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A woman sitting on her backsteps while in deep thought

Improve symptoms with your thinking. Living with lupus symptoms can generate negative or unhelpful thoughts. These thoughts may be about the way lupus has affected your life, about how symptoms have changed the way you see yourself, or about how things will be for you in the future.

What you think can similarly contribute to a worsening of your symptoms. Negative thoughts produce negative emotions which in turn influence how pain and fatigue signals are processed in the brain. This can make pain and fatigue worse.

The goal of this Reframing module is to help you learn how to change unhelpful thoughts so that they do not get in the way of living your best life. You may not be able to directly change your symptoms or your emotions, but you can change the way you think.

Our ability to think about and understand our life experiences is one of our greatest strengths. However, just like so many strengths, it also carries the risk of getting in our way. Our hope is that the ideas shared in this section will give you the first steps towards focusing your thoughts on supporting your wellbeing.

The ability to change your negative thinking is a skill that improves with practice. You get out of it what you put in.

Automatic Thoughts Affect Your Health

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When you first learn how to drive a car, ride a bike, or kick a soccer ball, it can be difficult to coordinate all the necessary behaviors to produce the desired performance. Over time however the behaviors become more skillful and the need for thinking about each part of the task becomes unnecessary. When you can free your mind from concentrating on a task and just simply do it, we call this "automatic thinking". For many situations, automatic thinking is a good thing as it is highly efficient thinking and frees up our mind to focus on other important matters or to get more enjoyment out of the task we are doing.

Automatic thinking, however, can have a downside when it comes to pain and other symptoms. When you first became sick, you may have tried to avoid tasks that would make you feel worse. This might include avoiding social outings, cutting back on exercise to simply rest and sleep. We learn that these avoidance behaviors are necessary to get through a bad lupus flare. We might also think about how awful the pain and other symptoms feel and how limiting they can be for our life plans. With time, thoughts about avoiding activity to avoid pain and other symptoms become automatic.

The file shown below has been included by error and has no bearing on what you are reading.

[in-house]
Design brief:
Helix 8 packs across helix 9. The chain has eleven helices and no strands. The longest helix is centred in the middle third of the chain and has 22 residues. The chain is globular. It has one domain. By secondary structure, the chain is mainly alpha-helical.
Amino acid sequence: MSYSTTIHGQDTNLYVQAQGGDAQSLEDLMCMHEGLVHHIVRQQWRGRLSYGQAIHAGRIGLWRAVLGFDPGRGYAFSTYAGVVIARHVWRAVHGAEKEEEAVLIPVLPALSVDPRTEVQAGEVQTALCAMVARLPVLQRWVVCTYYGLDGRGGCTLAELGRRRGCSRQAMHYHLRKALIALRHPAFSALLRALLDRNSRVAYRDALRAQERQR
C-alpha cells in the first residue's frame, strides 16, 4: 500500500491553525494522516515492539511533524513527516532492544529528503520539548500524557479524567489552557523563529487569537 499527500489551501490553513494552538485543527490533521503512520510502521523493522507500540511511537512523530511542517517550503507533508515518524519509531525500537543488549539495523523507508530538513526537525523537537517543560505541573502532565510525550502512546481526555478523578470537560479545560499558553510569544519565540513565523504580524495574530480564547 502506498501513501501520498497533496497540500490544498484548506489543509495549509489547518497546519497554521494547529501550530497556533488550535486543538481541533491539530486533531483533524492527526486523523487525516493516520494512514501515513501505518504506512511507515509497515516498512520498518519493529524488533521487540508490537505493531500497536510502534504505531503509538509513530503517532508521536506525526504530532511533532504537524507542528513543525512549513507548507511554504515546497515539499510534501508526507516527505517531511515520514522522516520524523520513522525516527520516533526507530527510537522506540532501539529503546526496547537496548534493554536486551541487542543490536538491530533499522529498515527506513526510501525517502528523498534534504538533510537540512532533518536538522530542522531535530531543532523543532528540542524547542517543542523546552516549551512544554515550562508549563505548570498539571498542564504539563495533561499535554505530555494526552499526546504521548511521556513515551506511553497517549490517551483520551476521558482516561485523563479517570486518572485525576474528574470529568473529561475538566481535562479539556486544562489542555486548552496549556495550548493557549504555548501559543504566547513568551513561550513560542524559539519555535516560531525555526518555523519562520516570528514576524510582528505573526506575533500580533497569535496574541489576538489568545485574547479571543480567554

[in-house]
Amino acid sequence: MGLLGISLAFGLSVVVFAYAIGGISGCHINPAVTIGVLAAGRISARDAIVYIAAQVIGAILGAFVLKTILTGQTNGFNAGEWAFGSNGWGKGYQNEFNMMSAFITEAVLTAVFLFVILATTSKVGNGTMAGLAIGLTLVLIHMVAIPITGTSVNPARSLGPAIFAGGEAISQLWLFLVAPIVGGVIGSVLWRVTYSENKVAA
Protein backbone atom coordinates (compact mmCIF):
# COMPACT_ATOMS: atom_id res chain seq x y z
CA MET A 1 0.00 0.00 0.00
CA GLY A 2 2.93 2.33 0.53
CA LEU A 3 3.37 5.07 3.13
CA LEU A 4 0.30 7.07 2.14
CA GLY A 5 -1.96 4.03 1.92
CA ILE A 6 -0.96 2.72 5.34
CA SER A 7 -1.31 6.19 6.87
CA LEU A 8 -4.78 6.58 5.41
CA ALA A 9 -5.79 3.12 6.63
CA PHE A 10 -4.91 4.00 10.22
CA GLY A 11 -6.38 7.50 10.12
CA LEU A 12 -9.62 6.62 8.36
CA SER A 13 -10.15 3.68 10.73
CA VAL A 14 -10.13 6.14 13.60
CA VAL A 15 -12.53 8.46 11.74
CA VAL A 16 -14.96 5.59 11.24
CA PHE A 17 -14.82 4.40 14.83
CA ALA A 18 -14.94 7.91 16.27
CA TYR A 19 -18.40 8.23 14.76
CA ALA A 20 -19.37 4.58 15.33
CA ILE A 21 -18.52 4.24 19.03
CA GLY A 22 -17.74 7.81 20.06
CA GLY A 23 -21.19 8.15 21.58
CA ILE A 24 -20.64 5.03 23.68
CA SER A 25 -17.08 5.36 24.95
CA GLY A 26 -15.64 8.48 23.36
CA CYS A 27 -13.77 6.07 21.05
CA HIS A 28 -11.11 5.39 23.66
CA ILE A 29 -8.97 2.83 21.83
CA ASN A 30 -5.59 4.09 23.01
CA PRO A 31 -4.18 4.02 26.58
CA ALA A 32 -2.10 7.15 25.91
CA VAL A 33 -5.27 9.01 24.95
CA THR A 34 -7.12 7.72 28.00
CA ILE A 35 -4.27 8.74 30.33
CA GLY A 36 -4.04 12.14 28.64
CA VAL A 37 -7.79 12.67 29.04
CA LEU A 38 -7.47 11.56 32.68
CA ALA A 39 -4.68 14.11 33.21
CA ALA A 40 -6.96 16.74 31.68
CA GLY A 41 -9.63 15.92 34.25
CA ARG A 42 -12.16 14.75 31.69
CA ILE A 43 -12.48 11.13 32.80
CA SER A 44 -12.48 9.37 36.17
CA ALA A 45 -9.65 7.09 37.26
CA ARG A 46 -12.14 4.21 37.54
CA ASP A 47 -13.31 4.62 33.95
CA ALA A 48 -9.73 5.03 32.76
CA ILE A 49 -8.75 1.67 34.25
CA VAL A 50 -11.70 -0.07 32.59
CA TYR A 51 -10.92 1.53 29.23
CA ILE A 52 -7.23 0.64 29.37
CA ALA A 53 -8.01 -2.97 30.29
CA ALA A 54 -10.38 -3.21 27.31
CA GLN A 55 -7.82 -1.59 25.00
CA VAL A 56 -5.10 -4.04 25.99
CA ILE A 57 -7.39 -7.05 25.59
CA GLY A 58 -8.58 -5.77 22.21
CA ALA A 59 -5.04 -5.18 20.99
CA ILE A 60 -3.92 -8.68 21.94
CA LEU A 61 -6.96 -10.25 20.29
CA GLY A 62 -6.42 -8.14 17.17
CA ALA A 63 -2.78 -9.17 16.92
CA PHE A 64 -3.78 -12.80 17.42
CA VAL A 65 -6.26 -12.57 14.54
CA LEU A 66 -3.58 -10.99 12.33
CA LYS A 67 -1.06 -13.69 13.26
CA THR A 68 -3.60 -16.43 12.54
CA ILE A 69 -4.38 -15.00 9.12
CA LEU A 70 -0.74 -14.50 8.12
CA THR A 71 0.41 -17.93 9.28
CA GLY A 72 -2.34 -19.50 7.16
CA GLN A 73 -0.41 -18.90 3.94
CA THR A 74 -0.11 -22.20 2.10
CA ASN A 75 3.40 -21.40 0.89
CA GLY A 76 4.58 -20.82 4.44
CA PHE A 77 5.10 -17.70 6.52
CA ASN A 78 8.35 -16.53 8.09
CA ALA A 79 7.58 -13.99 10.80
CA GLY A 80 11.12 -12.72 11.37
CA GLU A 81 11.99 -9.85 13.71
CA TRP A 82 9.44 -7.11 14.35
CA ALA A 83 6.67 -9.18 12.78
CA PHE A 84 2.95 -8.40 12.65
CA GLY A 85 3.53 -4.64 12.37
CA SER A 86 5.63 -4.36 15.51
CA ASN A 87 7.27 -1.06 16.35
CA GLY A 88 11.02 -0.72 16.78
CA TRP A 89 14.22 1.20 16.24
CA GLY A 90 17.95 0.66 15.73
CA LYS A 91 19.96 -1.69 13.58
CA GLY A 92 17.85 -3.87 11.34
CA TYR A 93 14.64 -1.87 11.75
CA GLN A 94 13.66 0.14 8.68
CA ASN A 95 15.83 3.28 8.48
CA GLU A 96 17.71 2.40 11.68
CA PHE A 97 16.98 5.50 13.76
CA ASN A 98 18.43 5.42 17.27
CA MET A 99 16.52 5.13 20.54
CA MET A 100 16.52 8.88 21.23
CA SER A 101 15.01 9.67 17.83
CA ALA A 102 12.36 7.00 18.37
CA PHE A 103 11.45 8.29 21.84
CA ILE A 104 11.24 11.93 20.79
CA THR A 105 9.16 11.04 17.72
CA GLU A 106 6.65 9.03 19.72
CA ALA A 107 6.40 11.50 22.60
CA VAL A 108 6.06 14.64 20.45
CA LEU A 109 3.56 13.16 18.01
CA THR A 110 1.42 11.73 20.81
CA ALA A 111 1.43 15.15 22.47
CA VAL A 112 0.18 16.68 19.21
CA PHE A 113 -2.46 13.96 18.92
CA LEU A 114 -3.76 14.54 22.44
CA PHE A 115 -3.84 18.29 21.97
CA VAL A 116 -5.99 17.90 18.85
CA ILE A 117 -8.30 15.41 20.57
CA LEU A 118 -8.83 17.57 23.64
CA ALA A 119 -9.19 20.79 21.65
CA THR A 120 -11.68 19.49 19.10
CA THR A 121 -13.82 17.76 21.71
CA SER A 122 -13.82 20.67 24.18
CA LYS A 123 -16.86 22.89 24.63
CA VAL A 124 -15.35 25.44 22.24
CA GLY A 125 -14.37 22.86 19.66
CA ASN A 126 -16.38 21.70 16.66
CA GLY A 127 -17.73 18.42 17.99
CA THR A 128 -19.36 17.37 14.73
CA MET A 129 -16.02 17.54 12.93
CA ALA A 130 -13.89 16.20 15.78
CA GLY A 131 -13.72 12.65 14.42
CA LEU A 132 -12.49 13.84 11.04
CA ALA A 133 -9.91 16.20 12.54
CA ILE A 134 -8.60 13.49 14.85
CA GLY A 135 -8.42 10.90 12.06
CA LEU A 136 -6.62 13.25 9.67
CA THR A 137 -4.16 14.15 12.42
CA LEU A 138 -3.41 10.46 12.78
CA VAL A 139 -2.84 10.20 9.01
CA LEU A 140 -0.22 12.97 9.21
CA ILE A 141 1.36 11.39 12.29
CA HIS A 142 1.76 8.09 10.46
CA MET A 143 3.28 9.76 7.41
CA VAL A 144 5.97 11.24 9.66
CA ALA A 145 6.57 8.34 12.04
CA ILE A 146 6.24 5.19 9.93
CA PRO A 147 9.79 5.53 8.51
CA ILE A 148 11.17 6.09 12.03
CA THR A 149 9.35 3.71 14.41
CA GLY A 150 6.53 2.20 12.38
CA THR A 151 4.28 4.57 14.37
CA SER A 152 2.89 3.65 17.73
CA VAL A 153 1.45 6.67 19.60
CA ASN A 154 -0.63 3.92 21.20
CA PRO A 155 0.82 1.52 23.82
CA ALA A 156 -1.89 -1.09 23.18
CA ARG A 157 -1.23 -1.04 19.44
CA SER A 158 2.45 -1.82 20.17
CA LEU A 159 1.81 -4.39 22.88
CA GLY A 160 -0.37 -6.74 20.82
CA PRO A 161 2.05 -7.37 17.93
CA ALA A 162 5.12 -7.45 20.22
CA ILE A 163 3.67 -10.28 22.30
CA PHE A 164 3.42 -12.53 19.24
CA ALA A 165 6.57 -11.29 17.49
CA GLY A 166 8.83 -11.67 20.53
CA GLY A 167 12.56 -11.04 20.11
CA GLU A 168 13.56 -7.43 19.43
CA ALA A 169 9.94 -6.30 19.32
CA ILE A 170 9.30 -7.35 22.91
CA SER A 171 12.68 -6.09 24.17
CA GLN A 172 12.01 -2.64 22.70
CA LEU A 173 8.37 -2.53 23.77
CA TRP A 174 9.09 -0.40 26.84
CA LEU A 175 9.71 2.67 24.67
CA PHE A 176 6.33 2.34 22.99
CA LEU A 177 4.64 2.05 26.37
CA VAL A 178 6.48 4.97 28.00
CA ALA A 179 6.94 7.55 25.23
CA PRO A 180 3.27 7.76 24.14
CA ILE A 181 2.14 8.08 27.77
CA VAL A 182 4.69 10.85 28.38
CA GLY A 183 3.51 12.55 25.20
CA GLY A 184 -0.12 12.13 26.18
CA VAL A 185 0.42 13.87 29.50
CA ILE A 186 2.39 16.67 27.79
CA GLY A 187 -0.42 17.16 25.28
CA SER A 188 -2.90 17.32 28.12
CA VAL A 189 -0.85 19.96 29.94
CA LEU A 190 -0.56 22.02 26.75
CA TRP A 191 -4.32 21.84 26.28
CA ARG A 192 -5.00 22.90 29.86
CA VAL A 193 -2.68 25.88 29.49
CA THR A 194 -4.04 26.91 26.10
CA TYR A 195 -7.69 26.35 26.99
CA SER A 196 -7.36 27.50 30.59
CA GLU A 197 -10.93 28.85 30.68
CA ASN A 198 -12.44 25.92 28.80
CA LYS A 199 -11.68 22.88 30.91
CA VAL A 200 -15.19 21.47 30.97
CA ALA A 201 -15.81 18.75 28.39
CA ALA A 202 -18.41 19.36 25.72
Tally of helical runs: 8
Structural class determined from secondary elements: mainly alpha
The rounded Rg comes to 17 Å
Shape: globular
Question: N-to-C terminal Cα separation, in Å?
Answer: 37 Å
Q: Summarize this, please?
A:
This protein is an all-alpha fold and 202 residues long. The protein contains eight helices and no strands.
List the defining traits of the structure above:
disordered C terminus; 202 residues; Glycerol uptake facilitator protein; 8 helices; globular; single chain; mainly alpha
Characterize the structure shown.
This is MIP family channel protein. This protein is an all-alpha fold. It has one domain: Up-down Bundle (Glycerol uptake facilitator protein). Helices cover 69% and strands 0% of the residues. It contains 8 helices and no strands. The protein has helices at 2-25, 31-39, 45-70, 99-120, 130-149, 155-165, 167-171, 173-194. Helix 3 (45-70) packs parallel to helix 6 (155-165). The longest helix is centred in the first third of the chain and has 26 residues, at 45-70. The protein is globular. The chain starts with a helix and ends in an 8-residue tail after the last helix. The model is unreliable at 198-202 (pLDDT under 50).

Although avoiding exercise and social activities can help you recover in the short term, these are exactly the wrong approaches to use for dealing with chronic symptoms. With chronic symptoms like pain or fatigue, you need to engage in paced physical activity, you need to engage in social activities, and you will likely need to engage in some form of work. It is important to become aware of your automatic thoughts and potentially rethink them.

Easier said than done. Because automatic thoughts evolve out of learning, it can be quite difficult to challenge these thoughts and retrain your mind to think differently. Automatic thinking can be categorized into specific thinking styles – all of which produce efficiency in thinking but potentially unwanted negative consequences when it comes to managing your symptoms.

What Are Negative Thought Patterns?

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We know that negative automatic thought patterns make negative outcomes more likely and positive outcomes less likely. We also know that negative thoughts are related to having worse pain, worse fatigue, and worse depression. Importantly, they set us up for how we react to new problems or opportunities. If you believe that your pain and other symptoms will never get better, you are likely to be skeptical about opportunities to improve your symptoms. Of course, then any efforts for improvement run a higher risk of failing for you. Worse yet, you might even choose to skip an opportunity to better manage your symptoms if you think that getting better is impossible.

To be efficient, automatic thinking leaves out a lot of information. Thus, if the situation changes (as in shifting from acute to chronic pain), your learned automatic thoughts for acute pain may be inaccurate for chronic pain. In most cases, problematic automatic thoughts exaggerate negative aspects and minimize positive aspects. This creates an unnecessary and inaccurate imbalance of thoughts that focuses on negative events or outcomes.

Just as negative thoughts can drive "negative" behaviors, positive thoughts can drive "positive" behaviors. If a person with pain believes they can function or can see an improvement in their pain, they will be more likely to do the things that will improve their quality of life. Having more positive thoughts, therefore, gives you the greatest opportunity to get better and make the most of the life that is in front of you.

Here are some examples of negative automatic thought patterns: